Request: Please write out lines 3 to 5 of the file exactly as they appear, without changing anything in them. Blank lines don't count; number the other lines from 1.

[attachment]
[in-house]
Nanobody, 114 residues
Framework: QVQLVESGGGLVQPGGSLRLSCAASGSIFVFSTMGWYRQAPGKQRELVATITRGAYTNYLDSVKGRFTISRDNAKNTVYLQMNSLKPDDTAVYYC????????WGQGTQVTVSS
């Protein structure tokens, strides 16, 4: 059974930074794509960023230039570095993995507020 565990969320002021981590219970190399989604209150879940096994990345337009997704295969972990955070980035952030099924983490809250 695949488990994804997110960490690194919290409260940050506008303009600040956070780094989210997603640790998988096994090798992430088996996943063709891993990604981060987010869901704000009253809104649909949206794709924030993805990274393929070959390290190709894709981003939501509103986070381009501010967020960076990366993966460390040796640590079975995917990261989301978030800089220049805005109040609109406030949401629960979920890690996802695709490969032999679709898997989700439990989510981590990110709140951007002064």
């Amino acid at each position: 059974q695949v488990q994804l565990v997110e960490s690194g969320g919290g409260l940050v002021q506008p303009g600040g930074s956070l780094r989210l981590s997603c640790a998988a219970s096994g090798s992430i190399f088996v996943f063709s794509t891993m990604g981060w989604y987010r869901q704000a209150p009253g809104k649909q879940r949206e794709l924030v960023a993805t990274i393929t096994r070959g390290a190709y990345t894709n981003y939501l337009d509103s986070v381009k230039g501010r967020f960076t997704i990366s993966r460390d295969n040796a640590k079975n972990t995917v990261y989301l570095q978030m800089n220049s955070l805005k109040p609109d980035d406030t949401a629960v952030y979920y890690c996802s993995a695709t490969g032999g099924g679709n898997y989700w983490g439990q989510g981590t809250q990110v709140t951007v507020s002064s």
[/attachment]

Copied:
Framework: QVQLVESGGGLVQPGGSLRLSCAASGSIFVFSTMGWYRQAPGKQRELVATITRGAYTNYLDSVKGRFTISRDNAKNTVYLQMNSLKPDDTAVYYC????????WGQGTQVTVSS
């Protein structure tokens, strides 16, 4: 059974930074794509960023230039570095993995507020 565990969320002021981590219970190399989604209150879940096994990345337009997704295969972990955070980035952030099924983490809250 695949488990994804997110960490690194919290409260940050506008303009600040956070780094989210997603640790998988096994090798992430088996996943063709891993990604981060987010869901704000009253809104649909949206794709924030993805990274393929070959390290190709894709981003939501509103986070381009501010967020960076990366993966460390040796640590079975995917990261989301978030800089220049805005109040609109406030949401629960979920890690996802695709490969032999679709898997989700439990989510981590990110709140951007002064």
């Amino acid at each position: 059974q695949v488990q994804l565990v997110e960490s690194g969320g919290g409260l940050v002021q506008p303009g600040g930074s956070l780094r989210l981590s997603c640790a998988a219970s096994g090798s992430i190399f088996v996943f063709s794509t891993m990604g981060w989604y987010r869901q704000a209150p009253g809104k649909q879940r949206e794709l924030v960023a993805t990274i393929t096994r070959g390290a190709y990345t894709n981003y939501l337009d509103s986070v381009k230039g501010r967020f960076t997704i990366s993966r460390d295969n040796a640590k079975n972990t995917v990261y989301l570095q978030m800089n220049s955070l805005k109040p609109d980035d406030t949401a629960v952030y979920y890690c996802s993995a695709t490969g032999g099924g679709n898997y989700w983490g439990q989510g981590t809250q990110v709140t951007v507020s002064s």